Lamarckism is the first theory of evolution , which was proposed by Jean Baptiste de Lamarck (1744-1829), a French biologist and was explained in his famous book Philosophie Zoologigue (1809).  It includes four main propositions: Internal vital force, Effect of environment and new needs, use and disuse of organs, inheritance of acquired characters.
Examples explaining Lamarck’s theory
Evolution of long neck in giraff as per use and disuse of organs
A group of scientists has further studied Lamarck’s theory and has supported its modified form, which is known as Neo Lamarkism. A few Neo Lamarckism are Spencer, Cope, Richard, Wells, Lawrence, Naegeli, Gadow, Dali, McDougall etc. They suggested that if not all, some of the acquired characters are inherited to some extent.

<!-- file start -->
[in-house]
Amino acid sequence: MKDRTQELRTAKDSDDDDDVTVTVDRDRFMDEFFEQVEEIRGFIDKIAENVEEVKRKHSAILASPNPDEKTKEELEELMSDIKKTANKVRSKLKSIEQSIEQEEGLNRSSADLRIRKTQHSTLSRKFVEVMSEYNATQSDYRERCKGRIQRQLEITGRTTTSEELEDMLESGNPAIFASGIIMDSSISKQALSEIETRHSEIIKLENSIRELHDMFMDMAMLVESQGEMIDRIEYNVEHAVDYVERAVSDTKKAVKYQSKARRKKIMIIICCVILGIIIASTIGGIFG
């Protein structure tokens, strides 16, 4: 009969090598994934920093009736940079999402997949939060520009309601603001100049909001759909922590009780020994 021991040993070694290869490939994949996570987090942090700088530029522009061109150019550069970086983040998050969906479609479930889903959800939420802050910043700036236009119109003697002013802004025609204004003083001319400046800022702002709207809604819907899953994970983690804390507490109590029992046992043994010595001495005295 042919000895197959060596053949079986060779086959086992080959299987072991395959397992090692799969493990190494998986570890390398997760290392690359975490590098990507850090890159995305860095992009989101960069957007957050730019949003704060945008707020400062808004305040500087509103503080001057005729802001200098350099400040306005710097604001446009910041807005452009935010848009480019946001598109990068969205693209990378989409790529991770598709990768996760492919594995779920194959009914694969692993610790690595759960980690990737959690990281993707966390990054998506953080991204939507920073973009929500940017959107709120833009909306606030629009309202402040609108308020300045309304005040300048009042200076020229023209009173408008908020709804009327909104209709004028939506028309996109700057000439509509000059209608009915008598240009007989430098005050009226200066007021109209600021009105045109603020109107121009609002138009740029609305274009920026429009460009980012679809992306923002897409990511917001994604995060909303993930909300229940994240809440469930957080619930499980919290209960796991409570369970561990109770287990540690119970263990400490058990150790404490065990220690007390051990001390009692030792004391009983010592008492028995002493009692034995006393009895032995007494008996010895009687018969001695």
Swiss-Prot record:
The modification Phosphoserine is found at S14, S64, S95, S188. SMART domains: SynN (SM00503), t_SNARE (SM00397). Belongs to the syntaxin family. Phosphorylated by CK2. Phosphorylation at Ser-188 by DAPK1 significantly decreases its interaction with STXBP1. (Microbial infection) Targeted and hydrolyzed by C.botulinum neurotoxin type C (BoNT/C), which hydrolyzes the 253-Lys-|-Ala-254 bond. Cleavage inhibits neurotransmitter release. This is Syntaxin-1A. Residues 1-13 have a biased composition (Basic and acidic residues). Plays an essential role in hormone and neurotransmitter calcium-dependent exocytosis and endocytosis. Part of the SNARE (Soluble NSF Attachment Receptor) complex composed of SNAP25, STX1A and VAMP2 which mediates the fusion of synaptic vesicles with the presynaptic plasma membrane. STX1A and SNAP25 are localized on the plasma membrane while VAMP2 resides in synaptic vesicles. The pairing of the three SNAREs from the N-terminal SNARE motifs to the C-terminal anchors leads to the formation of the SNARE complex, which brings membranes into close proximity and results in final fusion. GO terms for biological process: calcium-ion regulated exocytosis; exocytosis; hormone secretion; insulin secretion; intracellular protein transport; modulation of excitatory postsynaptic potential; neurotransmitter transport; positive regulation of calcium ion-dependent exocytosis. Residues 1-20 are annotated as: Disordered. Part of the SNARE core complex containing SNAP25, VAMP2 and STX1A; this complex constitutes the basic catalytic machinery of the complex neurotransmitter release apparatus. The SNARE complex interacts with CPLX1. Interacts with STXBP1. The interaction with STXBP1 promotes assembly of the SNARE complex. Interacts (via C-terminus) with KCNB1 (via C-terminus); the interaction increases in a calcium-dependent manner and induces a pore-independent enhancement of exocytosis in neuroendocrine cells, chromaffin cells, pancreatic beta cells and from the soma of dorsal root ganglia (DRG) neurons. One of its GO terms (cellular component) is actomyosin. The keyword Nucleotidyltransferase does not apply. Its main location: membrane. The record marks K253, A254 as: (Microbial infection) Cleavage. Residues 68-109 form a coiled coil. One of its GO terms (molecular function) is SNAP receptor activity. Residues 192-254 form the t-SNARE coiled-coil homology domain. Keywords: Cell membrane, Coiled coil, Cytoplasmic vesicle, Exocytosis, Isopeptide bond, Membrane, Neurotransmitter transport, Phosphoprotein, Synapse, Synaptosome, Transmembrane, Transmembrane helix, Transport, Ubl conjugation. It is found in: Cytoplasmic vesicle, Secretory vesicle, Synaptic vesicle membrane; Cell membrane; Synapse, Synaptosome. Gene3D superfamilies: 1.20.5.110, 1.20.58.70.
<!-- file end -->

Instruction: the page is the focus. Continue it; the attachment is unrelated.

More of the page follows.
Lamarckism  vs  Neo Lamarckism
Neo Lamarckism
It is the original theory given by Lamarck
It is the modification of the original theory of Lamarck in order to  make it suitable to modern knowledge.
The theory lays stress on internal vital force, appetency and use and disuse of organs.
Neo Lamarckism does not give any importance to these factors.
It believes that change in environment brings about a conscious reaction in animals.
The theory stresses on the direct effect of changed environment on the organisms.
According to Lamarckism the acquired characters are pass on to the next generation.
Normally only those modifications are transferred to the next generation which influence germ cells or where somatic cells give rise to germ cells.

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